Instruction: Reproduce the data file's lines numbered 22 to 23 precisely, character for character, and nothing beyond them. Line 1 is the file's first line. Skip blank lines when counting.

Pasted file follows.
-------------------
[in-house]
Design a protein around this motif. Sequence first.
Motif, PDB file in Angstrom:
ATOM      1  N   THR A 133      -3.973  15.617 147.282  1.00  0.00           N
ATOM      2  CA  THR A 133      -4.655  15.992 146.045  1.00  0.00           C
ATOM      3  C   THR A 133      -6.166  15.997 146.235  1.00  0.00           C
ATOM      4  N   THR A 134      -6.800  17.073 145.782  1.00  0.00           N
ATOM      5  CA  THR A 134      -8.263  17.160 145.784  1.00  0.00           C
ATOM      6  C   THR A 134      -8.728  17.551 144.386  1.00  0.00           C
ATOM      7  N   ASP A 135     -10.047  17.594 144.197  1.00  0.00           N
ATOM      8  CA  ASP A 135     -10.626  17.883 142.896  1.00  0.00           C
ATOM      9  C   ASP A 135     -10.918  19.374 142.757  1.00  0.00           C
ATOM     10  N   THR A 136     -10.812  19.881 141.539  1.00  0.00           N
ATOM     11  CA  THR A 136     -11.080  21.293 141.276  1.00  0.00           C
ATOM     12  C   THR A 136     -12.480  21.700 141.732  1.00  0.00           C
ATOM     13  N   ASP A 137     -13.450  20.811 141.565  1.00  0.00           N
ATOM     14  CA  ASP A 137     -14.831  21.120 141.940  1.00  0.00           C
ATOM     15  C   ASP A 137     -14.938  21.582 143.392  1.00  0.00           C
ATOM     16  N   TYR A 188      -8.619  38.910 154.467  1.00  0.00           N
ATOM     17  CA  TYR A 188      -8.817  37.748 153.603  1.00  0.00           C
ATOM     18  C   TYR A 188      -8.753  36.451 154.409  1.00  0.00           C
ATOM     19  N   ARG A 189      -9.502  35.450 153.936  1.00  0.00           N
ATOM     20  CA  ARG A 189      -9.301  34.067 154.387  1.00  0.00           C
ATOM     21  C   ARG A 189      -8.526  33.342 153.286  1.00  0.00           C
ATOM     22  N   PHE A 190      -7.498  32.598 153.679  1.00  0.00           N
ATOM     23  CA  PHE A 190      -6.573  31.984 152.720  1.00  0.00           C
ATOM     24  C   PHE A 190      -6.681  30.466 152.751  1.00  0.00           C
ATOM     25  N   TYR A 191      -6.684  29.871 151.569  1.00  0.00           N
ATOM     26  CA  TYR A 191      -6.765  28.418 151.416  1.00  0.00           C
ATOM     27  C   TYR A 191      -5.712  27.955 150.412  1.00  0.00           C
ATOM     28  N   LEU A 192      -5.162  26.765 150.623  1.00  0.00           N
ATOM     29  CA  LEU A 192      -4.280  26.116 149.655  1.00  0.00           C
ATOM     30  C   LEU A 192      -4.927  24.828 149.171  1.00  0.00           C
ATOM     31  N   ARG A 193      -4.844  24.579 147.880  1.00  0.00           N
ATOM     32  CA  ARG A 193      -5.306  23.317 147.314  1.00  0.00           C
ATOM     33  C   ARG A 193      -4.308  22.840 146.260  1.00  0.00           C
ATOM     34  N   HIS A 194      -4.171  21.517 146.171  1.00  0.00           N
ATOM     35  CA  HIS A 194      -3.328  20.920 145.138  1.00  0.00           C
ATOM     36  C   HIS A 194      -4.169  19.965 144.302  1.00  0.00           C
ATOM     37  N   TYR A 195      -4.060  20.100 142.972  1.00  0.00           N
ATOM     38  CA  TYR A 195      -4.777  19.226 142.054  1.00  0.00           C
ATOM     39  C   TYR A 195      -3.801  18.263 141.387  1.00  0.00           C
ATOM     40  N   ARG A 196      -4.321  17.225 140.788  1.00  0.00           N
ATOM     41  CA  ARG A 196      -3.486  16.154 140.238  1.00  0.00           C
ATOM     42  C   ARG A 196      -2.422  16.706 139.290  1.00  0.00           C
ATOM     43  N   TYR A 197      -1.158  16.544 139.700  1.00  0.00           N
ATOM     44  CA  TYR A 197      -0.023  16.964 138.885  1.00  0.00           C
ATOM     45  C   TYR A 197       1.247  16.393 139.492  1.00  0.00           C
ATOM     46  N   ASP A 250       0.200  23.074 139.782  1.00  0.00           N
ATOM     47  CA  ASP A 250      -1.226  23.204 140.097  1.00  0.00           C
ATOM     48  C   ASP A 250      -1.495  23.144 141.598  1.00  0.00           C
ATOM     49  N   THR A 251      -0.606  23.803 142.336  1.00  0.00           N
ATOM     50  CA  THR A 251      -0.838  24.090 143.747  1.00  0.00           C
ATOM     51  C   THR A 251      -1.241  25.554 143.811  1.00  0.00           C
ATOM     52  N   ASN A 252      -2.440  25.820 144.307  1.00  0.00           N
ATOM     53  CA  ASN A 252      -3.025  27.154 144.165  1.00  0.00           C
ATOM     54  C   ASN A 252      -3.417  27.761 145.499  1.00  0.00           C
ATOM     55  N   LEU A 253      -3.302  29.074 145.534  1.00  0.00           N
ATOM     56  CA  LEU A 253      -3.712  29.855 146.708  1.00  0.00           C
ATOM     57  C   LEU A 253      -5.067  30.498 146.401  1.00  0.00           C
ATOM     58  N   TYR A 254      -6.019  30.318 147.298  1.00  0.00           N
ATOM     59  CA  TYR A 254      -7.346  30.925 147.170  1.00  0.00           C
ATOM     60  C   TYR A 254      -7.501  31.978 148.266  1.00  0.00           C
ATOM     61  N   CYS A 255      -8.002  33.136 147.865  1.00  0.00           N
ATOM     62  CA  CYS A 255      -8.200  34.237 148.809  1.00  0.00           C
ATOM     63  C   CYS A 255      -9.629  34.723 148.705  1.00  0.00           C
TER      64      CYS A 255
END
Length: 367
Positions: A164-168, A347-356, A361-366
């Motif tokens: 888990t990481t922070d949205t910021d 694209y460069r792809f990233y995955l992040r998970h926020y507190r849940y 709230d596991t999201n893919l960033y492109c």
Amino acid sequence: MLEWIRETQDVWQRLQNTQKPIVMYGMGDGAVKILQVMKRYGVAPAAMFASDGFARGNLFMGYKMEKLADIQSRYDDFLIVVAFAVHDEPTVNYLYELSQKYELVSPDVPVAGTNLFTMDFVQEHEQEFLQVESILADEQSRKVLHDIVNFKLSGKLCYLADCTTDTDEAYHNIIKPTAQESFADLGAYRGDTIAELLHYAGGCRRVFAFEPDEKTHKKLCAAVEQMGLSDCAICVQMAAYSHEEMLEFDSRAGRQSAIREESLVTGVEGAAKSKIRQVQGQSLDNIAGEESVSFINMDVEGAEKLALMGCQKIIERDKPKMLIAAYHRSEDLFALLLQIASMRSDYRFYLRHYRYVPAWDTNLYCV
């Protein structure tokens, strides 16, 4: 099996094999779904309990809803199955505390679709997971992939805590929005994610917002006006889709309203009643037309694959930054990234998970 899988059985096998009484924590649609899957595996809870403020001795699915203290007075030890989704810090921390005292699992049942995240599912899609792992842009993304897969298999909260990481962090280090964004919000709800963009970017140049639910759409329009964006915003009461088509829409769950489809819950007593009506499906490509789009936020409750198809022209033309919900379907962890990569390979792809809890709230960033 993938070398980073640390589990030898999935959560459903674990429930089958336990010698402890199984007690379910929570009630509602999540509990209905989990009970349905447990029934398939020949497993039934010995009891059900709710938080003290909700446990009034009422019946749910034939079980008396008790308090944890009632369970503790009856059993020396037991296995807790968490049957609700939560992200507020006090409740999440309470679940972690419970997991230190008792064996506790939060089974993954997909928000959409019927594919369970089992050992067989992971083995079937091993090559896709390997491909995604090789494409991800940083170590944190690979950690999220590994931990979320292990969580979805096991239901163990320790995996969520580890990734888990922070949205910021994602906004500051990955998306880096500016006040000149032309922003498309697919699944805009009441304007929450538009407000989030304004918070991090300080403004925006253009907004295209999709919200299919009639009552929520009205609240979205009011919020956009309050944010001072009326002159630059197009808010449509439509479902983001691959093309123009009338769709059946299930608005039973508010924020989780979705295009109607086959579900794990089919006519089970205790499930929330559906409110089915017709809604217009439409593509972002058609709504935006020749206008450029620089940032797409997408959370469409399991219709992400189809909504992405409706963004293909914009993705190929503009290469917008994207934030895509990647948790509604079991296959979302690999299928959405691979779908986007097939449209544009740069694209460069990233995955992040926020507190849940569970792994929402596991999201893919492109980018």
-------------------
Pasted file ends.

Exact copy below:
ATOM     19  N   ARG A 189      -9.502  35.450 153.936  1.00  0.00           N
ATOM     20  CA  ARG A 189      -9.301  34.067 154.387  1.00  0.00           C